This would serve to distinguish the bad mageglow from the next line, where you talk about how most of the time it just makes her beautiful.

Does that make any sense?

It's a lovely beginning, interesting concept, I hope this is helpful.


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TaleSpinner
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Sorry to go against accepted wisdom here, but I preferred the first version, which went 'She loves the mageglow that accompanies great magic. ..."

Why? Because that very first sentence, with the wonderful 'mageglow' reference, conjured an instant image in my mind of a lovely girl, glowing.

With the new version, 'She' has become 'Reen' and since I don't know if a Reen is male or female, the image is lost. By the time I find out Reen's a she, it's too late and the image is not nearly so dramatic because now I'm in the POV character's thoughts.

For me, the original first sentence had way more impact. And as long as there's only one 'she' around, I'm not desperate for the name in the first para. Indeed, lacking the name gave it a pleasant sense of mystery, now, for me, gone.

Just a thought,
Pat


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oliverhouse
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Interesting call, Pat. Maybe this is one of those cases where the writer should go against conventional wisdom.
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lehollis
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quote:
I guess I'm more lenient with POV violation, because I believe a character can make an assumption about another character and state it as fact, and it may or may not be true...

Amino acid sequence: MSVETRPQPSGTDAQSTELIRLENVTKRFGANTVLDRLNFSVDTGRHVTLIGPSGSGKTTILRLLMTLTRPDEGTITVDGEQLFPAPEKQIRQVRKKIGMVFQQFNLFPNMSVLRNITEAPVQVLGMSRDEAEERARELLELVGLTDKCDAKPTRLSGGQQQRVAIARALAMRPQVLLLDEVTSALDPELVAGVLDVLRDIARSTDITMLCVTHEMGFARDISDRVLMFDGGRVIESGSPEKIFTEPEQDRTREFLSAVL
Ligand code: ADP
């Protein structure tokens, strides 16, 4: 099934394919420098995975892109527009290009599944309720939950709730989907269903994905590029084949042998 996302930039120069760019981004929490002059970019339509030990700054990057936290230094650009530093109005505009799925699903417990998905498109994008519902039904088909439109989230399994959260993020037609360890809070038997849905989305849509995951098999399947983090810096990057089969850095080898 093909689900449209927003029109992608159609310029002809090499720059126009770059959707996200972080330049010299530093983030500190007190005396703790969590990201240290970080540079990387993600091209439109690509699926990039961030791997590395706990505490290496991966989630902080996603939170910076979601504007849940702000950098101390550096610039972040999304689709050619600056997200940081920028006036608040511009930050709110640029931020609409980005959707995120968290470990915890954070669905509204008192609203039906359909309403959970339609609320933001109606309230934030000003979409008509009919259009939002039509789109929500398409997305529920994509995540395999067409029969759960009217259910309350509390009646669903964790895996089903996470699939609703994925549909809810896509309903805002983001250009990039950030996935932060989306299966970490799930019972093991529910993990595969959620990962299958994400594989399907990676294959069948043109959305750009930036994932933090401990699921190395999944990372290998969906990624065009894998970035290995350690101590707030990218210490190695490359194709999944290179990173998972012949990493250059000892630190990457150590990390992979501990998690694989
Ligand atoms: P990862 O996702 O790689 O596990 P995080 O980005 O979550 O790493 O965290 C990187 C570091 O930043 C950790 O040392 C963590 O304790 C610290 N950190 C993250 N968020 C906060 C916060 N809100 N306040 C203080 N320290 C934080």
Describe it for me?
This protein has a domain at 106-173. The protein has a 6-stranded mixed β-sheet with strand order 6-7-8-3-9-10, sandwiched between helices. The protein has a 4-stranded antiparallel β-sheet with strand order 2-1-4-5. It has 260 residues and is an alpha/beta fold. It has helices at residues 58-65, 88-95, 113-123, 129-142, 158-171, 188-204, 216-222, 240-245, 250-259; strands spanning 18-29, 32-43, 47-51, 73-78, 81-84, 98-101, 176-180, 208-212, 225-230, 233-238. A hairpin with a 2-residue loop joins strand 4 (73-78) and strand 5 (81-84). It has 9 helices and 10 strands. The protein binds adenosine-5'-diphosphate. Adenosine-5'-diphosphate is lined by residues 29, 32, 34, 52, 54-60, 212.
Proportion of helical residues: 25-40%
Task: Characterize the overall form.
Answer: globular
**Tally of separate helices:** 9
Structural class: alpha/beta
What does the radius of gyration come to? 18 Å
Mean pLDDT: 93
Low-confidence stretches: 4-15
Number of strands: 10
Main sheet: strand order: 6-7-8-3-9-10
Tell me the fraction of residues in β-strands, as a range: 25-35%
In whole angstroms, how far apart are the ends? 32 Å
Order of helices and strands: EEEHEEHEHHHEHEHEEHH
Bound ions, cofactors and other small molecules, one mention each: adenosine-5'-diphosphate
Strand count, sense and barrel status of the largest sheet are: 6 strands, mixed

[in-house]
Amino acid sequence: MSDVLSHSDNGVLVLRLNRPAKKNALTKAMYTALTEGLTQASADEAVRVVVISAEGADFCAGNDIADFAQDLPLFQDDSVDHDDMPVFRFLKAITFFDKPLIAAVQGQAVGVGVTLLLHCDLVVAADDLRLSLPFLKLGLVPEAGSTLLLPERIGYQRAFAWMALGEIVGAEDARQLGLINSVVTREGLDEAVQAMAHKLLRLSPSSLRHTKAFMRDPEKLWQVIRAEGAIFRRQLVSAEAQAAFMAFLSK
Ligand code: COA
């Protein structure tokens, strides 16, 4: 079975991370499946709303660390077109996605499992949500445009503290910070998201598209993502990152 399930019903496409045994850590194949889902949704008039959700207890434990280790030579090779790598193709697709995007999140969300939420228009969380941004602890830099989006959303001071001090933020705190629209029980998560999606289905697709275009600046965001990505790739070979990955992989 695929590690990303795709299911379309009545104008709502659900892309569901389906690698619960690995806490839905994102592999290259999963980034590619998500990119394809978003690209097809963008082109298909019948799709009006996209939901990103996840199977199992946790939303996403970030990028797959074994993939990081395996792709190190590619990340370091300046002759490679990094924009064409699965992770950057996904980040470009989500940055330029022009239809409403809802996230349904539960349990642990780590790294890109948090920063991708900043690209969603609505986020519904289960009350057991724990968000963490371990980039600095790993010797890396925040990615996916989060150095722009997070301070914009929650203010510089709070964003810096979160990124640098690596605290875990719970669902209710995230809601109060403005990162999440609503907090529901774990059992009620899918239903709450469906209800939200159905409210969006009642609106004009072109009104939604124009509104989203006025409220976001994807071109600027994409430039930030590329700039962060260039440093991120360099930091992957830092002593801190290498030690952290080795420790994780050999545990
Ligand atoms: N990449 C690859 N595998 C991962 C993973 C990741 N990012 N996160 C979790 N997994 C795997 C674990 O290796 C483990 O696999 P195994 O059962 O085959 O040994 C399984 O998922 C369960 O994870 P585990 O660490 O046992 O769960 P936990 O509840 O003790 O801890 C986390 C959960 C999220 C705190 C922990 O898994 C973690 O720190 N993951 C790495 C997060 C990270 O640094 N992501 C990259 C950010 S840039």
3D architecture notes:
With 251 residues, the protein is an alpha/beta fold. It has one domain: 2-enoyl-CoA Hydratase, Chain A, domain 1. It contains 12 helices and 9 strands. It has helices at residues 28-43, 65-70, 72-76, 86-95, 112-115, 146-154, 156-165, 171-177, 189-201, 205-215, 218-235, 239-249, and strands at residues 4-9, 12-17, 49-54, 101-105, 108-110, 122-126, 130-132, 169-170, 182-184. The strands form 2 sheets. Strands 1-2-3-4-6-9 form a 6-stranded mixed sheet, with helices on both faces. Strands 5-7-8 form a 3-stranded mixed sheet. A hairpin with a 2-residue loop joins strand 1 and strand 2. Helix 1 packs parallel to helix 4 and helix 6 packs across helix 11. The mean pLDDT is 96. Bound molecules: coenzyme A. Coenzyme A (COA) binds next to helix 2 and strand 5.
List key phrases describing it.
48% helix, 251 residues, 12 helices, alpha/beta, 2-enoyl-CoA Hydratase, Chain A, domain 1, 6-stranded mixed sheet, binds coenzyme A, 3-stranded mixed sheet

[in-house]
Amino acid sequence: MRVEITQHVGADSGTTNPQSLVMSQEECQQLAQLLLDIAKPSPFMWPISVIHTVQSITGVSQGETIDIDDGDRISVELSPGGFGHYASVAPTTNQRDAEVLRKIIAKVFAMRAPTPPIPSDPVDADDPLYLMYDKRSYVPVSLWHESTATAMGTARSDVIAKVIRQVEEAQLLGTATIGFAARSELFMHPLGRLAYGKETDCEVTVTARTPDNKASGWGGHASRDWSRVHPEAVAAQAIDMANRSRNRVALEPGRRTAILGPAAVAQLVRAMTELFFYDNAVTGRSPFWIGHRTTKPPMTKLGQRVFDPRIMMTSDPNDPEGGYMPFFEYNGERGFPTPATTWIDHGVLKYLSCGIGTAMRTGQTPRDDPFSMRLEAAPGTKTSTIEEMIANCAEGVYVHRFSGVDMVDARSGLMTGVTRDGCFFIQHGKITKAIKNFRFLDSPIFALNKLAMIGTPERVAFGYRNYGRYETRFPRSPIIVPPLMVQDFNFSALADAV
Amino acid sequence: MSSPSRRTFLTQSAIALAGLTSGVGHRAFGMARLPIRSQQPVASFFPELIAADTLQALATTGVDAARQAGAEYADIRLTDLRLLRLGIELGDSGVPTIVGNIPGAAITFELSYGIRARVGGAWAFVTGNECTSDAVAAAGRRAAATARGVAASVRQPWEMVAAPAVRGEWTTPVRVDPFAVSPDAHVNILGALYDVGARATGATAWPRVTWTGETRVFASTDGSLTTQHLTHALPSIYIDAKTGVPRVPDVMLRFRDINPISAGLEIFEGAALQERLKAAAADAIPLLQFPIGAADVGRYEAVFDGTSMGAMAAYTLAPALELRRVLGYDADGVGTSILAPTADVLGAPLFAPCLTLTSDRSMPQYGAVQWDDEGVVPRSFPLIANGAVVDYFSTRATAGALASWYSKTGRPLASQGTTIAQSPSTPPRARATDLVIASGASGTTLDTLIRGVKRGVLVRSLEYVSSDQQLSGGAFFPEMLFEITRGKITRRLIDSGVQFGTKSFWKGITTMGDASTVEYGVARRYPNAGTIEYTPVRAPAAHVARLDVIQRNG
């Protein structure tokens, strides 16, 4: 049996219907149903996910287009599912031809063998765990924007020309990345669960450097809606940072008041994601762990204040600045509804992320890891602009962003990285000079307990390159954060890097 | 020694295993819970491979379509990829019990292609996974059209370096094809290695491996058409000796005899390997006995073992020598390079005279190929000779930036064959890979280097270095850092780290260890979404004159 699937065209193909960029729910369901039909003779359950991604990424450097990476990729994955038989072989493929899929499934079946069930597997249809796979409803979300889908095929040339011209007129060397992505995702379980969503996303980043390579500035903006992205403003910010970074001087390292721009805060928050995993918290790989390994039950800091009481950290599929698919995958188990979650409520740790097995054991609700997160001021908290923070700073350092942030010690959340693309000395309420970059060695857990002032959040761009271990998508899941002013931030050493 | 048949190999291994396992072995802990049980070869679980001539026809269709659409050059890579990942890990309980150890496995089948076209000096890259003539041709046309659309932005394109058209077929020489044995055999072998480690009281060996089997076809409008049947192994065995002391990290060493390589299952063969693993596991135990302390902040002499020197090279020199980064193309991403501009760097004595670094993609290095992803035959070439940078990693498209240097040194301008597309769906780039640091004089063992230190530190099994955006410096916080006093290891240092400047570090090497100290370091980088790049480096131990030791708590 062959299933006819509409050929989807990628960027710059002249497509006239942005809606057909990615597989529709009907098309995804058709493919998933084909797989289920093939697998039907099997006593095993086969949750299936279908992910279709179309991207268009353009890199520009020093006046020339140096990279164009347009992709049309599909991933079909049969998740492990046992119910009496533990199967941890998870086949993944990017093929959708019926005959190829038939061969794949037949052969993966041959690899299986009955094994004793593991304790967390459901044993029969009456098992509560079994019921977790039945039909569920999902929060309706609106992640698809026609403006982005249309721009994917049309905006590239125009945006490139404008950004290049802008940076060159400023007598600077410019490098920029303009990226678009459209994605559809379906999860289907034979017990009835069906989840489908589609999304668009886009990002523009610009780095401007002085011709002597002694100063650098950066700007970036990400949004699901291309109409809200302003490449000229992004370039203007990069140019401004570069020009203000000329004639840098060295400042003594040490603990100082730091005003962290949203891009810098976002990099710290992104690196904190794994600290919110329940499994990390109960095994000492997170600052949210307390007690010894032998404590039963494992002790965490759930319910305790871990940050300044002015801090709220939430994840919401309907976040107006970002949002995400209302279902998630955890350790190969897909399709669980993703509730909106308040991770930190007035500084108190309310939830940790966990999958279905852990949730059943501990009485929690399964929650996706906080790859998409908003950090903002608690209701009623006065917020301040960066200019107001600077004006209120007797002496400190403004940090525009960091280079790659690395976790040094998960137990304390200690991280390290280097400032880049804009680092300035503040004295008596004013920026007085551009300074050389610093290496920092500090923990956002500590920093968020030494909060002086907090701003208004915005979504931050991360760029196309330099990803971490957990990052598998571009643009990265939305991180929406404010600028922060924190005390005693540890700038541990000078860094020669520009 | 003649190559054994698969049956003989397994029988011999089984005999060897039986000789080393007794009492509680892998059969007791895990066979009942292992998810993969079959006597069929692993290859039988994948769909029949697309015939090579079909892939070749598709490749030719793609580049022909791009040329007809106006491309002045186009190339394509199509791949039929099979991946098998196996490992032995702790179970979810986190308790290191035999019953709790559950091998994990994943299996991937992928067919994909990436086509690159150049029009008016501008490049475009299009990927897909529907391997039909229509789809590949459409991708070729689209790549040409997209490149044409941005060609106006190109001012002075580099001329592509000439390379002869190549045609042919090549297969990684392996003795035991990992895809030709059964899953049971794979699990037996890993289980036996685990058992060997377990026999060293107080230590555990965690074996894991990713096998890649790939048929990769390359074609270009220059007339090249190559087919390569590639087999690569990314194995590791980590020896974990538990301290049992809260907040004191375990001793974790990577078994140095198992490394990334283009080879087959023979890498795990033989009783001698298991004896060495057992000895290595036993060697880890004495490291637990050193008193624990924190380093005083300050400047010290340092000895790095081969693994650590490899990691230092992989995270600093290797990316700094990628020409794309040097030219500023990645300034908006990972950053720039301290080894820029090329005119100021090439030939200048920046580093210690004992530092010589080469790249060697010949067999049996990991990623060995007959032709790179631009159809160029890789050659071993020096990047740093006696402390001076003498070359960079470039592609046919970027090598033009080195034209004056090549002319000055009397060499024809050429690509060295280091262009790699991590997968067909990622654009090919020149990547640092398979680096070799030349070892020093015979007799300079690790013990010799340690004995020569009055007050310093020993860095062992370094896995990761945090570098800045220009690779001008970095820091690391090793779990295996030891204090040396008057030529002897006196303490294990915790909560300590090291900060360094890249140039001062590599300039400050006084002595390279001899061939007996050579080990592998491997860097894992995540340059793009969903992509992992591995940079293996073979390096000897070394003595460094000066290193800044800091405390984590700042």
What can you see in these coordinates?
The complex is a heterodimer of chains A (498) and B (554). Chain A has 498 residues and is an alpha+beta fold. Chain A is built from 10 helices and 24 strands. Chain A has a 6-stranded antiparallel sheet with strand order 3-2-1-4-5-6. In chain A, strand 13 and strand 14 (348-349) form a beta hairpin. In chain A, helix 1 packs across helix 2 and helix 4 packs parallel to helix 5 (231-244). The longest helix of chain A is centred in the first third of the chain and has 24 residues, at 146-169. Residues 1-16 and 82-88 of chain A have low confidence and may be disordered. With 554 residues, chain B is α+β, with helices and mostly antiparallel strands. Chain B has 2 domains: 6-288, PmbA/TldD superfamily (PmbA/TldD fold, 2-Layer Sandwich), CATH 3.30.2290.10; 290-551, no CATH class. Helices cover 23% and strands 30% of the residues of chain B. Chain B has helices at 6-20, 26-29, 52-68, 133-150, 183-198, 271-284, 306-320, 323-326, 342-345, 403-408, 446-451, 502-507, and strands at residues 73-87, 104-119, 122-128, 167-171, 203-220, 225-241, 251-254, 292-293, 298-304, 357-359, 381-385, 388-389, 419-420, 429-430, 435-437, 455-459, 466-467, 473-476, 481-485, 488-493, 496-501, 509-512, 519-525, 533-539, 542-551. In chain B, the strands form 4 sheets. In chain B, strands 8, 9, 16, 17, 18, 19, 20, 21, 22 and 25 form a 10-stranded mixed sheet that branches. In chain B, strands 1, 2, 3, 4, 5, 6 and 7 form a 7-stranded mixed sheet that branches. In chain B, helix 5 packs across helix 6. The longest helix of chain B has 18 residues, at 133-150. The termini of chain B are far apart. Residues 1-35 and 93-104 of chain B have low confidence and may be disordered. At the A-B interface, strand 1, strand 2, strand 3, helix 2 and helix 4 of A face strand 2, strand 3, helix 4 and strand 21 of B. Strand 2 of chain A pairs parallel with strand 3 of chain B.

I agree.

I like the latest edit, but I think I agree that "she" actually did work a little better. It added a bit--addition by subtraction?--of intimacy, somehow. I normally wouldn't advocate that.

As a general tip, you may want to edit the first post in this thread and mention there is a rewrite later. That will help any newcomers from reviewing the wrong version. It avoid confusion. Just a thought.

When asking if you have anything to send out, critiquers are generally asking if you have a completed story, and if you want full critiques on the entire story.

The reason for only posting thirteen lines is that more might be considering "publishing" in the world of electronic rights. This means the manuscript because very hard to sell to a publisher, since they usually want the electronic right for themselves.

So the usual practice, more or less, is to publish the first thirteen here, get feedback, make some revisions, then see if anyone wants to critique the entire thing.

I would love to read and critique the entire manuscript, if you are looking for readers and critiquers. (Heck, I'd read it just to see what happens.)


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arriki